HuffPost reporters around the world are tracking the pandemic and the measures being taken to flatten the curve of transmission.
Read the latest updates on the coronavirus pandemic below. (To see the latest updates, you may need to refresh the page. All times are Eastern. For earlier updates on the pandemic, go here.)
The United States surpassed 90,000 coronavirus-related deaths on Monday, according to data tracked by Johns Hopkins University.
Of those, nearly a third — 28,339 — are in New York state alone. New Jersey, the second-hardest hit state, has seen an additional 10,439 deaths.
Massachusetts (5,797 deaths), Michigan (4,915), Pennsylvania (4,705), Illinois (4,177) and Connecticut (3,450) round out the next five most affected states.
Confirmed COVID-19 cases in the U.S. also ticked past 1.5 million Monday.
— Ryan Grenoble
Texas Gov. Greg Abbott (R) announced Monday that all youth summer camps, including both day and overnight camps, may reopen on May 31.
The move comes despite public health warnings that camps, schools, day cares, and other large congregations of children are hotbeds for the spread of coronavirus. Guidance from the Centers for Disease Control and Prevention said such gatherings should only take place when coronavirus cases are on the decline. The CDC outlines strict social distancing policies that should be in place upon resuming child care services.
The restrictions that Texas summer camps will have to comply with are not yet clear.
— Lydia O’Connor
The first coronavirus vaccine to have been tested in people appears to be safe, according to the vaccine’s manufacturer.
The trial involved eight people who each received two doses of the vaccine beginning in March, The New York Times reported Monday. The company, Moderna, will now test the vaccine in two more phases with a larger sample size of people.
If the trials continue to show promising signs, the vaccine could become widely available by the end of the year or early next year, Moderna told the Times. But it’s unclear how many doses the company could produce.
On Friday, President Donald Trump and his administration boldly claimed there would be a full-scale vaccine readily accessible in the United States by January. But public health experts have warned that vaccine development could take anywhere between 12 to 18 months, perhaps longer.
— Marina Fang
Chinese President Xi Jinping said in a speech to the World Health Assembly that China will provide $2 billion over two years to fight the coronavirus pandemic. China’s pledge comes as the Trump administration has cut off funding to the WHO and the U.S. president is reportedly changing his mind on whether to reinstate limited funding.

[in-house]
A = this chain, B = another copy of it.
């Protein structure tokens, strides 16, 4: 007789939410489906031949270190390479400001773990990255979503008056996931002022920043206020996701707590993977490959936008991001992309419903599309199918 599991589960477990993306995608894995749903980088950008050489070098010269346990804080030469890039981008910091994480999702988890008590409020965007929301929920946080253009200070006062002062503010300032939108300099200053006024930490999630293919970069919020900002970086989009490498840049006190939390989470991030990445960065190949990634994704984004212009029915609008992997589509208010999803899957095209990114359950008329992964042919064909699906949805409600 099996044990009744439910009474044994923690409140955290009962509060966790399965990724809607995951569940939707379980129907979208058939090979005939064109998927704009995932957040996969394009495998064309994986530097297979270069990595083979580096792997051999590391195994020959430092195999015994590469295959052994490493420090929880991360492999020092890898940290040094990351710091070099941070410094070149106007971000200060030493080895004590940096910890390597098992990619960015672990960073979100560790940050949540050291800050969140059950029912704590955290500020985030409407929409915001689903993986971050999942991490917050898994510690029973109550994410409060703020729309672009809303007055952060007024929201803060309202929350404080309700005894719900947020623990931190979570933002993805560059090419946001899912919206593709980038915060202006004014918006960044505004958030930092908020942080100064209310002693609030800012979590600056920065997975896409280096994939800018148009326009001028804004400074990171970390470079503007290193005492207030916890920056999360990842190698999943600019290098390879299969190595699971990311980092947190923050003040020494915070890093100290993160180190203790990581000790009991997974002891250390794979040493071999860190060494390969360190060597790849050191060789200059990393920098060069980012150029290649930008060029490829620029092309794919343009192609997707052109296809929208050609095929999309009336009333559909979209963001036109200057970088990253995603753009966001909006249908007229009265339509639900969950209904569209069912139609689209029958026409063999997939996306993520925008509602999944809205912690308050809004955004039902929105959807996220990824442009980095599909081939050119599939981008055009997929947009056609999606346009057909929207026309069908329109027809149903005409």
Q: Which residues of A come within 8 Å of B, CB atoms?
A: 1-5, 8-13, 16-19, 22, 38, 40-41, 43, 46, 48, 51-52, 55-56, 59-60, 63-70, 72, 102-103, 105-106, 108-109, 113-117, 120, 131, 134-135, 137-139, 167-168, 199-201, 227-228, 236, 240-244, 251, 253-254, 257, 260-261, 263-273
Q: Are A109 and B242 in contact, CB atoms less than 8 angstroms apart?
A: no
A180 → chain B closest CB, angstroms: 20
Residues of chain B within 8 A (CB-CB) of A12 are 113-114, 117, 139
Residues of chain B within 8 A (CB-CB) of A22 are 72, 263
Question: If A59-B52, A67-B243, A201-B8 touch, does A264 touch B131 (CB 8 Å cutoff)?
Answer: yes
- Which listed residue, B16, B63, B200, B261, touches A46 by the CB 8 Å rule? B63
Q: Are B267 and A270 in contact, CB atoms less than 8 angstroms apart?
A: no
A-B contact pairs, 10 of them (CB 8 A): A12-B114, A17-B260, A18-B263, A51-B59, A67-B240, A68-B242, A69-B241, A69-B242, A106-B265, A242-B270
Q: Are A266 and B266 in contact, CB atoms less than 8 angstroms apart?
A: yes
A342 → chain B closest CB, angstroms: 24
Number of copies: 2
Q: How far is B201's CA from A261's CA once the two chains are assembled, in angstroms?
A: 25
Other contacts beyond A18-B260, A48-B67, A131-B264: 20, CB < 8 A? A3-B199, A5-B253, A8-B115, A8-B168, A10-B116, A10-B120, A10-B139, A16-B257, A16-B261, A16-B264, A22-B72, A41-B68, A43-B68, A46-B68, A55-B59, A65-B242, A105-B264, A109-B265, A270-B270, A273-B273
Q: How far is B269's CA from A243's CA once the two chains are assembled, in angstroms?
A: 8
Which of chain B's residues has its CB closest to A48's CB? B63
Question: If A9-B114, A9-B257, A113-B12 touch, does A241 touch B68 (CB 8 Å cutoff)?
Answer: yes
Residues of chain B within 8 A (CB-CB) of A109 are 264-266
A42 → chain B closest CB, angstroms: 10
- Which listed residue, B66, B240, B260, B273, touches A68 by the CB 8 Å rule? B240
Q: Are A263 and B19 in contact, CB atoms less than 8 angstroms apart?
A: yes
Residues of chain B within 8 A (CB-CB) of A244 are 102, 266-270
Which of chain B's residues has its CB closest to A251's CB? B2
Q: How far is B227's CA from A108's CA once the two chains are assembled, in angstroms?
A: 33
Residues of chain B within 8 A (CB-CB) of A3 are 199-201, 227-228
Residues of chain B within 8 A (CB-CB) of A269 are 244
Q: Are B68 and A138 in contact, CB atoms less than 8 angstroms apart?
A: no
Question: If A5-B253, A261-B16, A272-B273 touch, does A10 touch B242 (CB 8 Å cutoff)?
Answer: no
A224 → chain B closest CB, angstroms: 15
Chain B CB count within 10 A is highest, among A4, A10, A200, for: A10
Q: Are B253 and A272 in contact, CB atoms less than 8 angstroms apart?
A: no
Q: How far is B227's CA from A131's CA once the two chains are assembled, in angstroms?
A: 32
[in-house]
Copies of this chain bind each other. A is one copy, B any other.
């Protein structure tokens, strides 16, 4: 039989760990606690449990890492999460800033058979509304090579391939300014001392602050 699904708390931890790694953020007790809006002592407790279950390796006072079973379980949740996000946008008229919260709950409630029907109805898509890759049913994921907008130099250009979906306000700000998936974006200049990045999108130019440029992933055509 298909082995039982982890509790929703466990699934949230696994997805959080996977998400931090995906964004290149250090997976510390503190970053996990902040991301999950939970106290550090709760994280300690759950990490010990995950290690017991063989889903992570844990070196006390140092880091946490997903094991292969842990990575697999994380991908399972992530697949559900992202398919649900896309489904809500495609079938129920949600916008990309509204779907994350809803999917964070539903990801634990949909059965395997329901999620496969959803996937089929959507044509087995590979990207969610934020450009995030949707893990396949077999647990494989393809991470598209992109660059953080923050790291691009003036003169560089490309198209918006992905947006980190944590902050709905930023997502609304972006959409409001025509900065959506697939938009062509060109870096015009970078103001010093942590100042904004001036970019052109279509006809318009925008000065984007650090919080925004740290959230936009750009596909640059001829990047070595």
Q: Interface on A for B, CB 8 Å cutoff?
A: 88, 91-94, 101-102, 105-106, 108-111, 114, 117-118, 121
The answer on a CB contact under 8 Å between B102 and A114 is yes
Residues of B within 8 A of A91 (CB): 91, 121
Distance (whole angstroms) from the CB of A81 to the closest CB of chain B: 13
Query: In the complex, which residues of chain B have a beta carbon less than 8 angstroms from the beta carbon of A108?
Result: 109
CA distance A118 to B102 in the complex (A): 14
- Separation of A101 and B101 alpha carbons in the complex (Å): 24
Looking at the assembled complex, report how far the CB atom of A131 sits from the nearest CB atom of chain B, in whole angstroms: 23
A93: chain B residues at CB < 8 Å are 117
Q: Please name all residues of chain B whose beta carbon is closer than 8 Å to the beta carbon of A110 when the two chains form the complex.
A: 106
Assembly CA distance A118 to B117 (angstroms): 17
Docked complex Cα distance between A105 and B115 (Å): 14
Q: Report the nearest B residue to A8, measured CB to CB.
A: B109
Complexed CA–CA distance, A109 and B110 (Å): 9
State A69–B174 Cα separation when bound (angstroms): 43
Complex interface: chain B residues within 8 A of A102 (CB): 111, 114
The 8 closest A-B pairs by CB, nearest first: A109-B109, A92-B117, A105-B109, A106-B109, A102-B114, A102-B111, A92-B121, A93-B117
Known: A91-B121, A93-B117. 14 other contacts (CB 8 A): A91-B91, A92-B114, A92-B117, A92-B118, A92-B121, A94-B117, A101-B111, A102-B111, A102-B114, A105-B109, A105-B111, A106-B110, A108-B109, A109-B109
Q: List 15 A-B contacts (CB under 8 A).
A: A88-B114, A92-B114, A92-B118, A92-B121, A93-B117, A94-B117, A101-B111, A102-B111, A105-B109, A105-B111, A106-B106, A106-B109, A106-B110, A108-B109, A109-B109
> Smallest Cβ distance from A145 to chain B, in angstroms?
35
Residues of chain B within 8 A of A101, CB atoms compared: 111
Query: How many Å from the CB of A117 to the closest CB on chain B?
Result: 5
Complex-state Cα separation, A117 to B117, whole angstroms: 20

At the assembly, EU member states and other countries supported the idea of an independent evaluation of the WHO’s initial response to the pandemic, the Associated Press reported.
— Liza Hearon
Almost 2,000 shops will remain closed in Rome today despite Italian Prime Minister Giuseppe Conte giving in to demands by regional leaders to allow restaurants, bars and beaches to reopen weeks ahead of schedule.
“We are confronting this risk and we need to accept it. Otherwise, we would never be able to relaunch,” Conte said.
But many business owners in the Italian capital will keep their doors shut amid uncertainty over the hurriedly published rules and fears that they will carry liability if employees become infected, HuffPost Italy reported.
Italy is finally emerging after being under one of the world’s longest and strictest lockdowns, with hairdressers, places of worship and museums also allowed to open their doors again to the public.
Tight sanitary protocols and social distancing rules will require people to stay one meter apart. Security guards will count how many people are in a store at any one time and clothes tried on in changing rooms will be quarantined for 24 hours.
Almost 32,000 Italians have died of COVID-19 since the outbreak came to light on Feb. 21, the third-highest death toll in the world after the United States and Britain.
— James Martin
Belgian Prime Minister Sophie Wilmès received a cold reception at the Saint-Pierre hospital in Brussels on Saturday after hospital staff turned their backs on her in a “guard of dishonor.”
For months, local nursing staff have been demanding greater recognition and demonstrating against the recruitment of what they call “unqualified personnel” to carry out traditional nursing tasks, HuffPost France reported.
Belgium, which has a population of 11 million, has recorded the 8th highest number of infections in Europe at 55,280 and reported just over 9,000 deaths.
Schools in Belgium will partially reopen Monday after a two-month lockdown, along with markets, museums and zoos.